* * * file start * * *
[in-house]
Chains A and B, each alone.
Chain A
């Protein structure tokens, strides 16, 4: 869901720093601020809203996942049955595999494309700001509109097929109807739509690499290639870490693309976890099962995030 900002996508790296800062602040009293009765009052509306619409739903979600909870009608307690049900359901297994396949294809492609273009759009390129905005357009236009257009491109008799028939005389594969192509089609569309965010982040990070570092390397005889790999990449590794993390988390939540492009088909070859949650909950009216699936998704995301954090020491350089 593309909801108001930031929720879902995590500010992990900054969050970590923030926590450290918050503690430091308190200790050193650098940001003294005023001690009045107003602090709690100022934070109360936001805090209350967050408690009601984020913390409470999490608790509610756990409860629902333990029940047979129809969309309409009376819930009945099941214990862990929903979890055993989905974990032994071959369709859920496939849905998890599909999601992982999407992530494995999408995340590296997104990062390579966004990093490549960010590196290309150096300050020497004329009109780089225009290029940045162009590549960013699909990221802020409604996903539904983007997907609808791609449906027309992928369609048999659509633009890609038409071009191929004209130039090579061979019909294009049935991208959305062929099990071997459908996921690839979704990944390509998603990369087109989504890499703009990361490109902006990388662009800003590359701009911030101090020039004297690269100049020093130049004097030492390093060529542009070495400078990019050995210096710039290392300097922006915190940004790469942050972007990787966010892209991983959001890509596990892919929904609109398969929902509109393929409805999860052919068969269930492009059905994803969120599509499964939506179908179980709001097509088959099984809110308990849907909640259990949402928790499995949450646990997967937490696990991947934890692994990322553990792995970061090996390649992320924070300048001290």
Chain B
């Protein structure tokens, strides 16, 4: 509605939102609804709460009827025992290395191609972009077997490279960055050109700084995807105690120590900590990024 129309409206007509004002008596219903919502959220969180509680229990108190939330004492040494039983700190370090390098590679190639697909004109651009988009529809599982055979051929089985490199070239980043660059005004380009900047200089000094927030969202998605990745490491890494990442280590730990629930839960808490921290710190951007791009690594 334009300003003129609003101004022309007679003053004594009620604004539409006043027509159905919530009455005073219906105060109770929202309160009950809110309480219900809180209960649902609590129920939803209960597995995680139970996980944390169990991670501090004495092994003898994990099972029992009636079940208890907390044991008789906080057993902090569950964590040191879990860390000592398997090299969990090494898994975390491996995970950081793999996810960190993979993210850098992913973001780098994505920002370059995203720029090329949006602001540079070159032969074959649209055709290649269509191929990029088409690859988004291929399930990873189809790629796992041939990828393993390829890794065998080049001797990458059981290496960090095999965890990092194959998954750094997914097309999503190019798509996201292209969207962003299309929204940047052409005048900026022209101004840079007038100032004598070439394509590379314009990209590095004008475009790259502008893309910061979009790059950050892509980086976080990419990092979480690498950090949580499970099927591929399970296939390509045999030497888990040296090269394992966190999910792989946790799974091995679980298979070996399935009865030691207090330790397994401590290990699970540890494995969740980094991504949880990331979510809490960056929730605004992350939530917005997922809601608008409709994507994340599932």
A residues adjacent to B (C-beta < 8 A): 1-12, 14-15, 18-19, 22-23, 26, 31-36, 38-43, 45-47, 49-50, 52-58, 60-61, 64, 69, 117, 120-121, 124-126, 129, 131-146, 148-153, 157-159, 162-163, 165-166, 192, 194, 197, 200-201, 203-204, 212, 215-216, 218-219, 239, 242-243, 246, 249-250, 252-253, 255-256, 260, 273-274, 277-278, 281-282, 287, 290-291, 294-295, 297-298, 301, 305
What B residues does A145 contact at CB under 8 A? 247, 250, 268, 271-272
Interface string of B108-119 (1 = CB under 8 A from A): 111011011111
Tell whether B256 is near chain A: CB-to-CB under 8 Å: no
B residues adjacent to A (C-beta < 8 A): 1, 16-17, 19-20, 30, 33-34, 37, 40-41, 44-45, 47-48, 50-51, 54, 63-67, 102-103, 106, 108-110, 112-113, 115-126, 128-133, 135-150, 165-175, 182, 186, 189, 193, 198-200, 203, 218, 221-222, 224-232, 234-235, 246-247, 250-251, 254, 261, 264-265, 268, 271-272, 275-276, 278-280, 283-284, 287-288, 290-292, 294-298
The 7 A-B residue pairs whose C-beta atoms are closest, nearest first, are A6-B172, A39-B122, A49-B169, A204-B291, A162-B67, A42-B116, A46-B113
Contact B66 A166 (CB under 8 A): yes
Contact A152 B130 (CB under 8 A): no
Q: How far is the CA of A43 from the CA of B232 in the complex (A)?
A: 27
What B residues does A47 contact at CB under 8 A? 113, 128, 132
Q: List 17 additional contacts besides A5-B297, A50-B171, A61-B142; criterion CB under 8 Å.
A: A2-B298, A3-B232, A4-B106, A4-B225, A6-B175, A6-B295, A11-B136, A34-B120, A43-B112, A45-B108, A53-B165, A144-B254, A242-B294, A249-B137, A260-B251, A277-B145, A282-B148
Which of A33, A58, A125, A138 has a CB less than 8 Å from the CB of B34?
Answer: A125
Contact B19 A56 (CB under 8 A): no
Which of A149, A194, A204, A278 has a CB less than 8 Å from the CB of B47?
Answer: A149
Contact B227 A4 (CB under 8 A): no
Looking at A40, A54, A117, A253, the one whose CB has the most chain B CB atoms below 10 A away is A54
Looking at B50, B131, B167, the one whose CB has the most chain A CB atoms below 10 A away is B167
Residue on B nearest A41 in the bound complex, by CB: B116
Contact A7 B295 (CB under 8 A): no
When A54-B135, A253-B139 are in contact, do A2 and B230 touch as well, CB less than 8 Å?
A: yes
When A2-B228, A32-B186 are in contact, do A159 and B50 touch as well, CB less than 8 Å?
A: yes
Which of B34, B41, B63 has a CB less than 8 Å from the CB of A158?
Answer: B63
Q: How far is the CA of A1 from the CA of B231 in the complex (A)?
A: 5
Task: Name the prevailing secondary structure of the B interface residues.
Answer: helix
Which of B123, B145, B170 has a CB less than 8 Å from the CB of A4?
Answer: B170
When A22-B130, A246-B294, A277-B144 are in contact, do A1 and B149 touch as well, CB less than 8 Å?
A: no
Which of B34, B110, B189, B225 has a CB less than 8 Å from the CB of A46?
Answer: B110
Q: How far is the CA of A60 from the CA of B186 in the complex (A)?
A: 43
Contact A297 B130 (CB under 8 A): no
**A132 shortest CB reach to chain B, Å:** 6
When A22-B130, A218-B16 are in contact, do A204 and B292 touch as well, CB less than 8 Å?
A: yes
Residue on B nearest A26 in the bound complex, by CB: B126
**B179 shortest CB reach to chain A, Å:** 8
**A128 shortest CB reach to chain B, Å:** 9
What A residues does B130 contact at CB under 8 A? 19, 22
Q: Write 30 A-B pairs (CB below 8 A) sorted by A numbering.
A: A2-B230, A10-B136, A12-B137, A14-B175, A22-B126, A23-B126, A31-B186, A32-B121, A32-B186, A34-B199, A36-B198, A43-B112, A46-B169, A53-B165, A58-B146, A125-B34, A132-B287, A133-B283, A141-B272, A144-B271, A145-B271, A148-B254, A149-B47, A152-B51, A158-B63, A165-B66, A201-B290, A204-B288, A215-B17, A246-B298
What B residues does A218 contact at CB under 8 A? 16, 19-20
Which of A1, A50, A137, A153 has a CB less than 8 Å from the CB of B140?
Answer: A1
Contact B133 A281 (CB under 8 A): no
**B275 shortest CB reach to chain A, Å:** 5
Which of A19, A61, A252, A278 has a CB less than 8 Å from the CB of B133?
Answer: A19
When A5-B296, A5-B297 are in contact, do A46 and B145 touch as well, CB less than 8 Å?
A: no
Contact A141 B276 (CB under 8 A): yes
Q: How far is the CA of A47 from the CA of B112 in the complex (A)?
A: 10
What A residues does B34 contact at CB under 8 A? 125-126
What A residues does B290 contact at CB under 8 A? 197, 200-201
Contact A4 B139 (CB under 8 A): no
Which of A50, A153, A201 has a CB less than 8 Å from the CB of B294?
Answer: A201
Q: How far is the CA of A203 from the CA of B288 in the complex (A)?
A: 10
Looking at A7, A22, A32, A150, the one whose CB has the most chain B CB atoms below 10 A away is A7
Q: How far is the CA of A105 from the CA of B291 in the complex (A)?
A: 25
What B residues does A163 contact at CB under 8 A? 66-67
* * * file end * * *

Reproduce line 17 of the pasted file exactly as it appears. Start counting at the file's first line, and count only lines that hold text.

What B residues does A47 contact at CB under 8 A? 113, 128, 132